50 Words or Less
Payne’s Valley at Big Cedar Lodge in Branson, Missouri is a Tiger Woods design with massive fairways and greens to make golf more inviting and fun. Tough greens provide a staunch defense against low scores.
Payne’s Valley is Tiger Wood’s first public-access golf course. Pair that with the namesake, Ozarks-native Payne Stewart, and there are big expectations before you ever set foot on the first tee. But big is exactly what this course delivers: big fairways, big greens, big views, and big fun.
Check out Big Cedar’s original course, Buffalo Ridge, HERE
At the time of this writing – fall of 2021 – the practice range at Payne’s Valley is still under construction. Practice facilities for this course are limited to the putting greens that it shares with the Mountain Top short course. Those putting greens do include Tom Watson’s Putting Course, which is a lot of fun.
The range, when complete, will be very impressive. It will be fully lit with synthetic hitting surfaces, allowing for practice well into the evening. The range will be centrally located so you can move quickly from your warm up to the first tee.
Customer Service & Amenities
Payne’s Valley shares a large clubhouse with Mountain Top. Inside the clubhouse you’ll find locker rooms, a pro shop, and the Mountain Top Grill. Mountain Top Grill is excellent, and I strongly recommend that those with big appetites try “The Mountain.”
On the course, the first amenity you’ll notice is the touchscreen GPS in the carts. The GPS screen provides all your distances as well as occasionally giving helpful notices.
At two points around the middle of your round, you’ll pass a comfort station. Currently, that’s a small building with a bar and snacks. Soon, it will be a massive, three-story structure that will better fit the over-the-top vibe of the resort. As with all the courses at Big Cedar Lodge, everything at the comfort station is free, excluding alcohol.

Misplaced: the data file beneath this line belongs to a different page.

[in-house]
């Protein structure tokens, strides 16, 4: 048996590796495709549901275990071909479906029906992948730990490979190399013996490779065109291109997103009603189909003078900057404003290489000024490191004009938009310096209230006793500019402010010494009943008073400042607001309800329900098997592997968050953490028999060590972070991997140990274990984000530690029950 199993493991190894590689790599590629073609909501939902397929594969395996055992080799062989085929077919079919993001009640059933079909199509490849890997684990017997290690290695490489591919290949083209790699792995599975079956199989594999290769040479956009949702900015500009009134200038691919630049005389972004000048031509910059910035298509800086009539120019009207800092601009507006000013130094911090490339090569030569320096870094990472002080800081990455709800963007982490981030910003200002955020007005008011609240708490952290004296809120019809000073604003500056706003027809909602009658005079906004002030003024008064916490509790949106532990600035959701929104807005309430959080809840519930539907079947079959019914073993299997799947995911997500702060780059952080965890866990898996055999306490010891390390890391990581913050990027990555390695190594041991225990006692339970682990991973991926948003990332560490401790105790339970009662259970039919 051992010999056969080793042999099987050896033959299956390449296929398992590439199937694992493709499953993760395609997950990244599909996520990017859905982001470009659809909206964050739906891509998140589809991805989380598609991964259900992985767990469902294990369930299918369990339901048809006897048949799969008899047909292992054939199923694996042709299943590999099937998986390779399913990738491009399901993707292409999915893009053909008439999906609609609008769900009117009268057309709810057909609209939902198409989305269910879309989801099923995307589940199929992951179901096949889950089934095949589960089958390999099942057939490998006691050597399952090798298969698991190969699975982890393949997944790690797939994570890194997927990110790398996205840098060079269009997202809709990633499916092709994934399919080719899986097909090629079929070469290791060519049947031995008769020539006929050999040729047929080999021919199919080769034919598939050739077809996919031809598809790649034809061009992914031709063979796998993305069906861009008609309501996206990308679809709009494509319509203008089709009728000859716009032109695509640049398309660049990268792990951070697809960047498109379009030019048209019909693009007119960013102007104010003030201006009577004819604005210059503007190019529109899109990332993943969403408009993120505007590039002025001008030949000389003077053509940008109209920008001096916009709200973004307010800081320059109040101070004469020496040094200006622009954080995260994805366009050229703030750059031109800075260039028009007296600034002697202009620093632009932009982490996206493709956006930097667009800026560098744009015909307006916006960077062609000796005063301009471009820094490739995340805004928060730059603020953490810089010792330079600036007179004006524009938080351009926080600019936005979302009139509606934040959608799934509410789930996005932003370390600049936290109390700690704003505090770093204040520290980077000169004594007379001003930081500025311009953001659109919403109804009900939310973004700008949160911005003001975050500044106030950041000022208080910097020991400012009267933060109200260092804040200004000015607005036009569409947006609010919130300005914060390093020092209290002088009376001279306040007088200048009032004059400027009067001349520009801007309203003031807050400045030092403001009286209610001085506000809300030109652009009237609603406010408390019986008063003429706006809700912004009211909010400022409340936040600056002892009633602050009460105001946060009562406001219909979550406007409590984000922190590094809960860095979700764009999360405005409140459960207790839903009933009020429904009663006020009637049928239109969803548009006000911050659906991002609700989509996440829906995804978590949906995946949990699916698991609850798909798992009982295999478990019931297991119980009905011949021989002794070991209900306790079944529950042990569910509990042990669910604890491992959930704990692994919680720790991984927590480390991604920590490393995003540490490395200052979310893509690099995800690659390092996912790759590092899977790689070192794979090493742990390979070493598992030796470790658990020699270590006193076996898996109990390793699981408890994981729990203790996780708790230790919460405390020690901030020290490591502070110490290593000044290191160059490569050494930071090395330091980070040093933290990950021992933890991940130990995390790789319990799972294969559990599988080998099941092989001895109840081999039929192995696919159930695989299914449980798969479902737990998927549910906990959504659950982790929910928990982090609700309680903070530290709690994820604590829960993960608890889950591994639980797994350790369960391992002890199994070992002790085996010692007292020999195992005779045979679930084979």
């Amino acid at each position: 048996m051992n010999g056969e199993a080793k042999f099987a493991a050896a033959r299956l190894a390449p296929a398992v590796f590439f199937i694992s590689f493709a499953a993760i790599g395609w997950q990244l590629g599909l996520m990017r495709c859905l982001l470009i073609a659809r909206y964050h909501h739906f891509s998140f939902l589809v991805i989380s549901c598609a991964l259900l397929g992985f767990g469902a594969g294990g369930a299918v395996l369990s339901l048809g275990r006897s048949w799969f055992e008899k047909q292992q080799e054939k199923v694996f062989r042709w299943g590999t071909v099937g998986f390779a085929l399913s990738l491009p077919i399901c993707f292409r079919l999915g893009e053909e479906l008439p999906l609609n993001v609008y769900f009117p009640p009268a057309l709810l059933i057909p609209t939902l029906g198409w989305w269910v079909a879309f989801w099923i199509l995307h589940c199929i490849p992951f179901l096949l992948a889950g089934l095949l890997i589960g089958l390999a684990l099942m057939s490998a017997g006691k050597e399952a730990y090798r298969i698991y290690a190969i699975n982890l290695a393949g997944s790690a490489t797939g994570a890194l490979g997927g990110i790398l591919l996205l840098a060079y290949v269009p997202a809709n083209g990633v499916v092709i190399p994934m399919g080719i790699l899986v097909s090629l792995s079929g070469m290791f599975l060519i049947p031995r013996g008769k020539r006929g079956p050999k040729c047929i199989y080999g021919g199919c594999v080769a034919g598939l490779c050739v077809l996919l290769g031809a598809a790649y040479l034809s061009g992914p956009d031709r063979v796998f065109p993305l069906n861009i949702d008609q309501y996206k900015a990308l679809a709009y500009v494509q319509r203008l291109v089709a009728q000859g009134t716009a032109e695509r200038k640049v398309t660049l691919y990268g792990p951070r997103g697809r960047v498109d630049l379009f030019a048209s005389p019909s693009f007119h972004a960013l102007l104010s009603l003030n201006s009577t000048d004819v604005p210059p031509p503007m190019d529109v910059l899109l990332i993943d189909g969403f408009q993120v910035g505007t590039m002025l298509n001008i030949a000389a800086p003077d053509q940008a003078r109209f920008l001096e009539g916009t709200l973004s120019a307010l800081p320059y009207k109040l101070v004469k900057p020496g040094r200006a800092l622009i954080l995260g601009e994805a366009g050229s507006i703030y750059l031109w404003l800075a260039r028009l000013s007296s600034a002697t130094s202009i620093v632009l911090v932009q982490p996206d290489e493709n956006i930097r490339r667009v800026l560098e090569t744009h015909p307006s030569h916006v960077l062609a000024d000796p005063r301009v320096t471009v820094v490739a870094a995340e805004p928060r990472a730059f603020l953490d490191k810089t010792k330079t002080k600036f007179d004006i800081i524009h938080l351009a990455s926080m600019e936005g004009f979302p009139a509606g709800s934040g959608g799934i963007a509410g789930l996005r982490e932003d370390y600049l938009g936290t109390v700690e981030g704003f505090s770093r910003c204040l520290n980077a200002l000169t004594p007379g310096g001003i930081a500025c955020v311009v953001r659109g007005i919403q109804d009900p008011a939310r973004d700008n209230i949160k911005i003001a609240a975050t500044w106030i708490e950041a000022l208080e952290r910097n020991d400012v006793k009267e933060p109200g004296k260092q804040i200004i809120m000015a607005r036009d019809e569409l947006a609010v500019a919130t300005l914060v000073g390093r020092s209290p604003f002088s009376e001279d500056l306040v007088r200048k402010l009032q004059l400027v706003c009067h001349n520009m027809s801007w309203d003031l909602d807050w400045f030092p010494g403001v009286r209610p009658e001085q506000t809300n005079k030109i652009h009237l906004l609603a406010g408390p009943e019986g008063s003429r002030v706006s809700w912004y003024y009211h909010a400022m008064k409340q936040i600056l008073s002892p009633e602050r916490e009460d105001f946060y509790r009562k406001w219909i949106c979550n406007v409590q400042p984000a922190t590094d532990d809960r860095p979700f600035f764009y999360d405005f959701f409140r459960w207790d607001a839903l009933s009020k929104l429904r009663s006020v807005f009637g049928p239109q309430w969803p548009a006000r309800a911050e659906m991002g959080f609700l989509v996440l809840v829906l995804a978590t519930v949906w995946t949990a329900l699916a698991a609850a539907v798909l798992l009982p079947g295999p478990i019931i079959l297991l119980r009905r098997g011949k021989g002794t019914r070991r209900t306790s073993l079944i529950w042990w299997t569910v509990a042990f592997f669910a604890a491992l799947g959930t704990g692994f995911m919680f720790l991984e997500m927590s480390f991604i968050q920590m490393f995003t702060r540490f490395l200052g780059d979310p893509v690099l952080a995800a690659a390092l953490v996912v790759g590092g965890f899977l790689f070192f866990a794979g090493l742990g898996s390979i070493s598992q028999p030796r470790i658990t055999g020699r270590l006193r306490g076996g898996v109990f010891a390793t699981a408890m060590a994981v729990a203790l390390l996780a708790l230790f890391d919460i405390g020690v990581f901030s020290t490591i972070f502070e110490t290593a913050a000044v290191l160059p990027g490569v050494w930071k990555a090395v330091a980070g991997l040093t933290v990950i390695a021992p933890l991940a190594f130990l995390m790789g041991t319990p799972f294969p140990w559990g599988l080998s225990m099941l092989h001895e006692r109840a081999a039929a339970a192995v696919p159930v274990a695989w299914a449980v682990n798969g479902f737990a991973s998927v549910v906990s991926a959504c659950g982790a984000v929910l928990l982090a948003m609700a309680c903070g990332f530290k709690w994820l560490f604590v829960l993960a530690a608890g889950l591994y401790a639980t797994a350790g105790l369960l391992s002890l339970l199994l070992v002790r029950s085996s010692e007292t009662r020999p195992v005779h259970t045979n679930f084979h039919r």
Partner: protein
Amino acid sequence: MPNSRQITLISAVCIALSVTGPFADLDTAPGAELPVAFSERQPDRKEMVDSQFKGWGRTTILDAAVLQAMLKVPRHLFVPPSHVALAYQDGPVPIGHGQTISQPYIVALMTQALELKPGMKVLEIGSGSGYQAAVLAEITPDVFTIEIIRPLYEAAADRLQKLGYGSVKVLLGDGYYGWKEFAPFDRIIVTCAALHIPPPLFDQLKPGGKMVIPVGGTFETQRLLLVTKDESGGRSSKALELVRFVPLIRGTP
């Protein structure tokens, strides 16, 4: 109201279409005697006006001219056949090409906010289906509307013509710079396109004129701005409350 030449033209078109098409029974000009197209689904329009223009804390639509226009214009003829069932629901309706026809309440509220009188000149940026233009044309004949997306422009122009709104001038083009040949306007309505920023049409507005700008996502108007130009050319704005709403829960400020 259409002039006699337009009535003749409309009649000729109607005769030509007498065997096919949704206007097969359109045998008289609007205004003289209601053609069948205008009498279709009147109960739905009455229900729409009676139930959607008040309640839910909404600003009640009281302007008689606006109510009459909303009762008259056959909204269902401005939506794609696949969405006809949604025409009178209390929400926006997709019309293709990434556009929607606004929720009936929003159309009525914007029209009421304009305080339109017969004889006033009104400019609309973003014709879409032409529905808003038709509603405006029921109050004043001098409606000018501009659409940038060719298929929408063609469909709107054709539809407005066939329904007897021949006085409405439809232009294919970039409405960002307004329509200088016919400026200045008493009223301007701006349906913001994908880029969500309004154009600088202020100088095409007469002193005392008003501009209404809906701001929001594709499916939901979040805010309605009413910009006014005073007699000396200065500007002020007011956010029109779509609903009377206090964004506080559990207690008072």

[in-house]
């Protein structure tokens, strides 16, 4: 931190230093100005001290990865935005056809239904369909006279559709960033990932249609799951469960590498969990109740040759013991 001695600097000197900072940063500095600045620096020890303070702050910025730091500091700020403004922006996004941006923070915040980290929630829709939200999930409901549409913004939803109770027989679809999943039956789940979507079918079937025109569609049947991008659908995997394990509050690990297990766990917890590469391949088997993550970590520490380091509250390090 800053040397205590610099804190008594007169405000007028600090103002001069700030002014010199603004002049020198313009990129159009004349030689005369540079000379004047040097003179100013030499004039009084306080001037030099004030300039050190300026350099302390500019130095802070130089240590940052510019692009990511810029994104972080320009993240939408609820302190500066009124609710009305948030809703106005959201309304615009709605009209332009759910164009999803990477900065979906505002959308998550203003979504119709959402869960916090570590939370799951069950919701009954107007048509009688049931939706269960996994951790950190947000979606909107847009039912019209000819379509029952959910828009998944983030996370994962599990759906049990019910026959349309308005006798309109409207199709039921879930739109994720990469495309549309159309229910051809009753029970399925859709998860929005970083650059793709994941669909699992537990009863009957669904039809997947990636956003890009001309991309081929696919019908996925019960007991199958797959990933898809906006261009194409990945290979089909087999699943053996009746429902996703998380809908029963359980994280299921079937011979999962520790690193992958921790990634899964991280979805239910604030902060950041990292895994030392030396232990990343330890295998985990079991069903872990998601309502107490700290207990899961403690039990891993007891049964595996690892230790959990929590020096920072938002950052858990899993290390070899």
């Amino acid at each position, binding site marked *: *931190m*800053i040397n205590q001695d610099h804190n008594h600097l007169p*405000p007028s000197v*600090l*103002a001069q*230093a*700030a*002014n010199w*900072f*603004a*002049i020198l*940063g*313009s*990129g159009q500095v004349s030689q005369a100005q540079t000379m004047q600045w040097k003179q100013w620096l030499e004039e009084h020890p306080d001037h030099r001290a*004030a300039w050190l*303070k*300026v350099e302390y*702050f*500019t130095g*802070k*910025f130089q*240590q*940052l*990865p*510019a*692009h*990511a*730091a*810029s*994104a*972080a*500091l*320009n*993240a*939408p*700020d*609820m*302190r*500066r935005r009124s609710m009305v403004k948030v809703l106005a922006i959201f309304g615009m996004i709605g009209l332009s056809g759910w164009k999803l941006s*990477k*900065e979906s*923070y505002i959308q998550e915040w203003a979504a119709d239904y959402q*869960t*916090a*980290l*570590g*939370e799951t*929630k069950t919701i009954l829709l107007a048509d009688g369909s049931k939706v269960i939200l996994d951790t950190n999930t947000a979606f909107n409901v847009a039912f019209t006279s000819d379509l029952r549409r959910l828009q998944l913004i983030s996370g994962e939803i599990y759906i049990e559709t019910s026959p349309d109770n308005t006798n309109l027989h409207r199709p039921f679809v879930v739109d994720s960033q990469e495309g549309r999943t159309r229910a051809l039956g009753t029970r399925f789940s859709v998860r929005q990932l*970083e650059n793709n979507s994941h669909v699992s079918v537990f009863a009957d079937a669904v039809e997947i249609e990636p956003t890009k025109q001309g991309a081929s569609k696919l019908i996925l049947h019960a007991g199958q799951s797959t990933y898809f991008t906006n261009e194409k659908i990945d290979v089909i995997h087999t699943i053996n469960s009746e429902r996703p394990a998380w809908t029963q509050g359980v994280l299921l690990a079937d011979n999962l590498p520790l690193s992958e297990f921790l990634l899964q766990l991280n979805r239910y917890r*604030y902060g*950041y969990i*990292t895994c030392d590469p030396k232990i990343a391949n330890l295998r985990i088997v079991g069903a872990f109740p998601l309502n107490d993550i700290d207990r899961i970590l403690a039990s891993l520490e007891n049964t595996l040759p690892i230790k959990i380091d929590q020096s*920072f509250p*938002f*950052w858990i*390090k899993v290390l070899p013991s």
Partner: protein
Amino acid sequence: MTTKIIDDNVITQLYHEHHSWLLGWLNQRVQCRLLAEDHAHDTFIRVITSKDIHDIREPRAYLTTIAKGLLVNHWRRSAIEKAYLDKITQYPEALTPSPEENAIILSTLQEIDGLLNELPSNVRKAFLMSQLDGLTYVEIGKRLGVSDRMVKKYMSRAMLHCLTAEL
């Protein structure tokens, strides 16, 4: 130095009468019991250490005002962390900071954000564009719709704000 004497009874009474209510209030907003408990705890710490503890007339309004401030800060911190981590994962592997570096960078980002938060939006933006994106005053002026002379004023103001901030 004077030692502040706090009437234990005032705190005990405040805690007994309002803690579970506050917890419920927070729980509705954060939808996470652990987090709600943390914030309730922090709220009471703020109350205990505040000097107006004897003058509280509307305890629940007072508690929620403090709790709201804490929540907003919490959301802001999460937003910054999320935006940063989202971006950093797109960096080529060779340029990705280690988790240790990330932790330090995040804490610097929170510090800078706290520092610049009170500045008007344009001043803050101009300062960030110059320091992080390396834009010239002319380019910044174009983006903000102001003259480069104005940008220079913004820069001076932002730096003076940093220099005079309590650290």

Beauty & Scenery
When I think about the look of Payne’s Valley, three things stand out. First is the unbelievable amount of short grass. The average golf course has 100 acres of turf grass. Payne’s Valley has 200 acres. Everywhere you look, there are massive fairways, neatly trimmed swaths of rough, and enormous greens. There’s so much of it that my eyes went looking for variety, which they found in the long views.
Though this course is aptly named – most of it is played at a low elevation – there are still long vistas in every direction, particularly early in the round. If you’re unfamiliar with the Ozarks, it’s a gorgeous landscape full of tree-covered, not-quite-mountains. For maximum visual impact, play in the fall when the colors are changing.
Finally, there’s Big Rock. The massive stone face that houses the 19th hole is the visual centerpiece for much of the course. You get your first head-on look at it playing #9, then you finish toward it on #13, #14, #15, and #18. After playing the entertaining 19th hole, you take a long drive up Big Rock back to the club house. I recommend being the passenger so you can enjoy the views and not worry about keeping the cart on the path.
From the Tiger Tees at 7,370 to the forward tees at 4,957, Payne’s Valley offers a huge range of length options. There are also two sets of tees in the middle plus a combo set. While the allure of playing the Tiger Tees is quite strong (check out those the tee markers!), look at the second hole (267 yard par 3) and think about whether or not that’s a wise choice. And while I don’t advise playing longer tees, it is worth noting that this course plays shorter than the number because of several substantially downhill holes.